Bosses shape up and put staff first
CALL centres are a boom industry. They employ more than 400,000 people throughout the UK, many in unemployment blackspots, with numbers expected to rise to 650,000 in five years.
They are now striving to shrug off their reputation as 21st century satanic mills, where the managers are slave drivers and callers are fobbed off as quickly as possible.
Last week, the Trades Union Congress launched a campaign for national standards in the industry, with a hotline for workers who want to shop bosses. Within the first week, 550 people phoned with horror stories such as staff being allowed only a three-second break between calls. Some of the worst employers, whose workers had to raise a hand if they wanted to use the toilet, have been exposed and damned.
One company said staff must wear nappies if they go to the toilet too often.
The Communication Workers Union, CWU, says significant progress has been made, but that some rogues remain.
Even British Telecom, which prides itself on enlightened industrial relations, suffered acute embarrassment 15 months ago, when staff walked out in what was the call centre industry's first ever strike.
This was a turning point, not only for BT but, perhaps, for the entire industry.
Last year, at a centre in Stoke on Trent, BT began putting its house in order. It embared on a six-month experiment, abandoning slavish attempts to adhere to maximum call-handling times. Designated advisers were allowed whatever time they needed to deal with complex enquiries and complaints. Staff and customers were a lot happier - repeat calls and complaints dropped dramatically.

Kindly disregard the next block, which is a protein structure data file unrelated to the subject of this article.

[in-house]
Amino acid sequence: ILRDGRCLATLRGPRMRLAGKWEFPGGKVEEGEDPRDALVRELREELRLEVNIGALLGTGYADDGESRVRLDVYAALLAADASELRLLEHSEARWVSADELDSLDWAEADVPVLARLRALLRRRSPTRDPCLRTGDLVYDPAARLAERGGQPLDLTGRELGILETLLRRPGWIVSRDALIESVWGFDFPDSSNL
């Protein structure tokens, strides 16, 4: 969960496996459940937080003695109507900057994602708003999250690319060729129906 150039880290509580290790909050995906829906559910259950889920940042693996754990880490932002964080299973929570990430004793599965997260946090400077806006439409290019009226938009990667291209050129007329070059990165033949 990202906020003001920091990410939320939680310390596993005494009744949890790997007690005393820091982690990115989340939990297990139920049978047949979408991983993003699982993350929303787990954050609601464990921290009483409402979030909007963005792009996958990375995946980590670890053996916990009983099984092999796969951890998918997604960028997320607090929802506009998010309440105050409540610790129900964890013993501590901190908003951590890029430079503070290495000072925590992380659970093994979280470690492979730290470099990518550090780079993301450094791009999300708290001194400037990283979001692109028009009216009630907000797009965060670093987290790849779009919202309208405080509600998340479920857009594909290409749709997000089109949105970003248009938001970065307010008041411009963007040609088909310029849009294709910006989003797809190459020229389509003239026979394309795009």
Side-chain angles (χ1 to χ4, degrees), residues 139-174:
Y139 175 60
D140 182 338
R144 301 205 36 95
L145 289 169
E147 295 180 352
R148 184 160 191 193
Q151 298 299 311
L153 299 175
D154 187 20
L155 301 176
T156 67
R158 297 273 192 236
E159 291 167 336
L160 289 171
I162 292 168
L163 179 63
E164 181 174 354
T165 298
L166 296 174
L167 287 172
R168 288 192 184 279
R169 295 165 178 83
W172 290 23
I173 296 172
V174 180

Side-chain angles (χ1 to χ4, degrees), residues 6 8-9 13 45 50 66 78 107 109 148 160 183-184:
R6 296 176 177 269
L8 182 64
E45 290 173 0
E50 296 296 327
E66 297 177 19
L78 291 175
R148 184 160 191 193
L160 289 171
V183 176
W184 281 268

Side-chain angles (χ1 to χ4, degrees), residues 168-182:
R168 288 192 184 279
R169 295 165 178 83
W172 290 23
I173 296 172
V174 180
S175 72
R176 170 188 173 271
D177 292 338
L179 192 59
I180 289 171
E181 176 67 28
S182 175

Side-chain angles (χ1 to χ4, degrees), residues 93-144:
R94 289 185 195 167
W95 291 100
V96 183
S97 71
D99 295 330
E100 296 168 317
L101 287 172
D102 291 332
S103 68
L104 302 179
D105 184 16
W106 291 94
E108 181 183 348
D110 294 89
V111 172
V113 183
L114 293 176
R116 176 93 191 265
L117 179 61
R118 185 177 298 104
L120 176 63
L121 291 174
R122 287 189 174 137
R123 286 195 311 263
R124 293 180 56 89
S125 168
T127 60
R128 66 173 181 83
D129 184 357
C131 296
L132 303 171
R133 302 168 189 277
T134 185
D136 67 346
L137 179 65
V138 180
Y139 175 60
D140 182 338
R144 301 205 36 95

But it cost money: BT hired two coaches to every team of 30 advisors. Staff had been tormented by the lack of backup support when dealing with enquiries.
However, up-front expense can be mitigated by having a workforce that stays put, obviating the need to train new recruits.
Hard lessons have been learned at Stoke, now regarded by the CWU as an example of best practice. Carol Borghesi, BT's director of call centres and customer service, admits a happy medium needed to be struck between business efficiency and employee welfare "to balance hard and soft". And here she sees a role for further education.
"We have had a dramatic turn round," she said. "In future, we would like to see further education training focus on performance management. I would want everyone who works for us to be treated with sensitivity."
Jim Spears, BT's human resources manager for its call centres - BT has more than 100, employing 16,000 people - says the way forward from Stoke is proper training.
"BT has its own training centre, but FE colleges have a role for new entrants and modern apprentices seeking NVQs and technical qualifications," he said.